Reading at Arts Festivals

2 Jul

Yesterday, I attended the writers’ café at the arts festival in my local town and gave a reading from my recently completed war novel. The novel follows the fate of a bomber crew in their attempt to complete their tour of duty. It’s interspersed with tales about the other crews on base, one of which I read last night.

It’s something that I seldom do. It’s four years since I last did so, in fact. The reading seemed to go down reasonably well but I wasn’t happy with my delivery. In everyday life, I’m a very confident person. I talk to groups of people for a living. I read the Moomins to my children with gusto. For some mysterious reason, I just seem to have a block when it comes to reading my own work. I get nerves. Having spent years playing in bands and taking part in theatrical productions, it’s something I’m not used to experiencing.  Any tips from seasoned readers will be gratefully received!

Other readers were cool as cucumbers. And there was some impressive writing on display. Sian Notley’s monologue was superb. It was a shame that my writer friend, J Huw Evans couldn’t be there to treat the audience to his performance poetry, though.

Anyway, the reading that I gave has been added here to the ‘Writing’ page of this blog. I hope that you enjoy it, should you happen to take a look.

Warsaw

The author (centre) many, many moons ago, having recently departed the stage… And yes, that’s a bad haircut. Photographer unknown.

Text © PSR 2013, image © the photographer

Advertisements

6 Responses to “Reading at Arts Festivals”

  1. Stephen Henning (@Henningopolis) July 2, 2013 at 9:45 pm #

    Too hard on yourself. I thought your reading was good. It was my first time at the Writers’ Cafe and I have to admit I pretty darn nervous too. I think you’re right, there is something very different about ‘performing’ your own writing. Like giving a Best Man’s speech.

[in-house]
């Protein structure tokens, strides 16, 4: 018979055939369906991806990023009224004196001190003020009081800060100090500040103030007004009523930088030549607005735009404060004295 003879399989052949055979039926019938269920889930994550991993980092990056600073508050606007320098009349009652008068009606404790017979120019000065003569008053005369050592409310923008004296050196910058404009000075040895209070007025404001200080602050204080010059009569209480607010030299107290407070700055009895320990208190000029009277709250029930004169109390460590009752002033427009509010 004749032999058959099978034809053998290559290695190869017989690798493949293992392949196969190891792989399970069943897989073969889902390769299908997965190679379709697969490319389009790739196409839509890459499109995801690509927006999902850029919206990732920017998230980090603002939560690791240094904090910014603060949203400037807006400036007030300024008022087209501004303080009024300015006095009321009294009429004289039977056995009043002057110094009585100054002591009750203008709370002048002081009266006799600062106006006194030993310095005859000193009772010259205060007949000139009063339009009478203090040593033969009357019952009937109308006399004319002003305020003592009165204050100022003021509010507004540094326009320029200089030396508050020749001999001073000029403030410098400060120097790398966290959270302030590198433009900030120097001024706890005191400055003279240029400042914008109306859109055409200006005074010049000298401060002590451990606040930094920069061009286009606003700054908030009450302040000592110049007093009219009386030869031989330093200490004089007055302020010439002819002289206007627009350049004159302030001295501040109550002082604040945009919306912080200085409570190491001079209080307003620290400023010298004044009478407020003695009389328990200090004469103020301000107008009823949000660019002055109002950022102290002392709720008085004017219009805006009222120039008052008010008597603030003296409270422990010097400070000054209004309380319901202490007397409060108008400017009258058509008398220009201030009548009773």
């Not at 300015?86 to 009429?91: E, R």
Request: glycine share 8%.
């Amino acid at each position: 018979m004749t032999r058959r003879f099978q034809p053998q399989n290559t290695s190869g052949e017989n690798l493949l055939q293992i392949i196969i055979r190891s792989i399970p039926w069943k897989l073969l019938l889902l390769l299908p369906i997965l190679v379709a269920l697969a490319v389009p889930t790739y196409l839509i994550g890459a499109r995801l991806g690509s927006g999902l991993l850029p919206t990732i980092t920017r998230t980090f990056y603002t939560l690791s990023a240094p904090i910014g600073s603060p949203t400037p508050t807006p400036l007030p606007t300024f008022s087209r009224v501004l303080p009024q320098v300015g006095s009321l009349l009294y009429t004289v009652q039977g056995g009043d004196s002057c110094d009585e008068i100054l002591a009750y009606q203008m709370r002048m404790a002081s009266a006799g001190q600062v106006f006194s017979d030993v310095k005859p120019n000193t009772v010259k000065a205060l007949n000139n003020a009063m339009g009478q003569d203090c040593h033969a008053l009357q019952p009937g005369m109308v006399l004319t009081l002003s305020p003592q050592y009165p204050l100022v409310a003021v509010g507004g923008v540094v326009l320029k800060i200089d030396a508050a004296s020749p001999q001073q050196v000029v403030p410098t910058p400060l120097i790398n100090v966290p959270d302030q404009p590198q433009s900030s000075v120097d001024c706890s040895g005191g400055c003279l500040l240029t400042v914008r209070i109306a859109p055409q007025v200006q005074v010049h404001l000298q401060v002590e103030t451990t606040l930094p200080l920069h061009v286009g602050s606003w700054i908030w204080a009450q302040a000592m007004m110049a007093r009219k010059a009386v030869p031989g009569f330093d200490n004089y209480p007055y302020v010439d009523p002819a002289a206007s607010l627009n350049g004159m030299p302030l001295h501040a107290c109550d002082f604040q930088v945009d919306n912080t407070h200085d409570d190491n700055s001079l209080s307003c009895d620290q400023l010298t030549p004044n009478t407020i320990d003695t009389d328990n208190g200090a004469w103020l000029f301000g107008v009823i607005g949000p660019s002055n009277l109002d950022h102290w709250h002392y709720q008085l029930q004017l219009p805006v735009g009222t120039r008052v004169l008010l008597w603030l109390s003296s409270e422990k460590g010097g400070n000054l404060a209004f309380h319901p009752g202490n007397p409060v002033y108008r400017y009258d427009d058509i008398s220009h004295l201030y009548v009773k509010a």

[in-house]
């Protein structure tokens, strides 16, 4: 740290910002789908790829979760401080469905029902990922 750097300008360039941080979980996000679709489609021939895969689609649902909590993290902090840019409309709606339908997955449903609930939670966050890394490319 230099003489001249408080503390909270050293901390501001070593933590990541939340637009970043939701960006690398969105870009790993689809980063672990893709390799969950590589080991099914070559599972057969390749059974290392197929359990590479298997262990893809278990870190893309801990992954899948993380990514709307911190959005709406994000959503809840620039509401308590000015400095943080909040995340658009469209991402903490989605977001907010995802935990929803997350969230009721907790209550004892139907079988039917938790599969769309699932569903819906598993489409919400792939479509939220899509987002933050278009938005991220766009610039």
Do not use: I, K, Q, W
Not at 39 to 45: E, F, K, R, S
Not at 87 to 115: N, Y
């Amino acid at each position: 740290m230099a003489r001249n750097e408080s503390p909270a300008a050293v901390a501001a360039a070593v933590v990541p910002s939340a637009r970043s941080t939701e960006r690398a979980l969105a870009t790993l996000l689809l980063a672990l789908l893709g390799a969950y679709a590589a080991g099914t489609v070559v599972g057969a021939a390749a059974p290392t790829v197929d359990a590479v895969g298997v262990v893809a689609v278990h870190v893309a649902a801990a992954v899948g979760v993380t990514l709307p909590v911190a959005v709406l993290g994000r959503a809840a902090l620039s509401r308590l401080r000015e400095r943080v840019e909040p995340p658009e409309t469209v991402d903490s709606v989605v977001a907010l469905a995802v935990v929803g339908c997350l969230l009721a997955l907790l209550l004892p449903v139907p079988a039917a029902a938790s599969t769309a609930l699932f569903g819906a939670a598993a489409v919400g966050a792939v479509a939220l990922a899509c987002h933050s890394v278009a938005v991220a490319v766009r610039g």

2. Paul Sutton Reeves July 2, 2013 at 10:06 pm #

    Hi Stephen and thanks for your comments.

    Yes, it’s a strange phenomenon, that’s for sure. I’m generally horribly self-assured! I didn’t notice your nerves and felt that you read well.

  3. Sofia July 5, 2013 at 6:59 pm #

    I am always nervous when performing something, even though i’m not a writer but I have performed music on stage. Maybe lot’s of people are more nervous than we think? Anyway, good luck with your writing and your performances in the future! i’m gonna read your extract.
    Have a nice day!
    Sofia

  4. Paul Sutton Reeves July 5, 2013 at 9:16 pm #

    Hi Sofia and thanks for your comments. Yes, I think lots of people do get nervous, but as I say, I usually don’t. I played in bands for years and totally overcame stage nerves. Odd! Thanks for the good wishes. I hope that you enjoy the extract and your weekend.

  5. J.D.Hughes July 16, 2013 at 9:52 pm #

    I’m not terribly good at readings but having directed several hundred voice-overs I know that reading in public is a professional art. My way of compensating for my own deficiencies in this area is to ignore my audience and read to myself.

    You know your story better than anyone else, Paul; you know the nuances of each sentence and the meaning of every paragraph, but concentrating on giving a performance will render that unique knowledge useless. Your book is not a performance but if you read it – simply, without frills – as you would like to hear it and importantly as you heard it as you wrote it, your audience will hear it as you want them to hear it. Nerves are no longer relevant, since you are not giving a performance to be judged as such, but rather revisiting how your book sounds in your mind and letting the audience listen in, if they want to.

  6. Paul Sutton Reeves July 17, 2013 at 12:22 pm #

    Hi J.D. and thanks for your comments.

    I ignored the audience too but someone watching told me that I shouldn’t have! Anyway, that looks like some very sound advice you’ve given there – I’ll try to take it on board. I have another reading in October, so I’ll report back…

Leave a Reply

Fill in your details below or click an icon to log in:

WordPress.com Logo

You are commenting using your WordPress.com account. Log Out / Change )

Twitter picture

You are commenting using your Twitter account. Log Out / Change )

Facebook photo

You are commenting using your Facebook account. Log Out / Change )

Google+ photo

You are commenting using your Google+ account. Log Out / Change )

Connecting to %s

%d bloggers like this: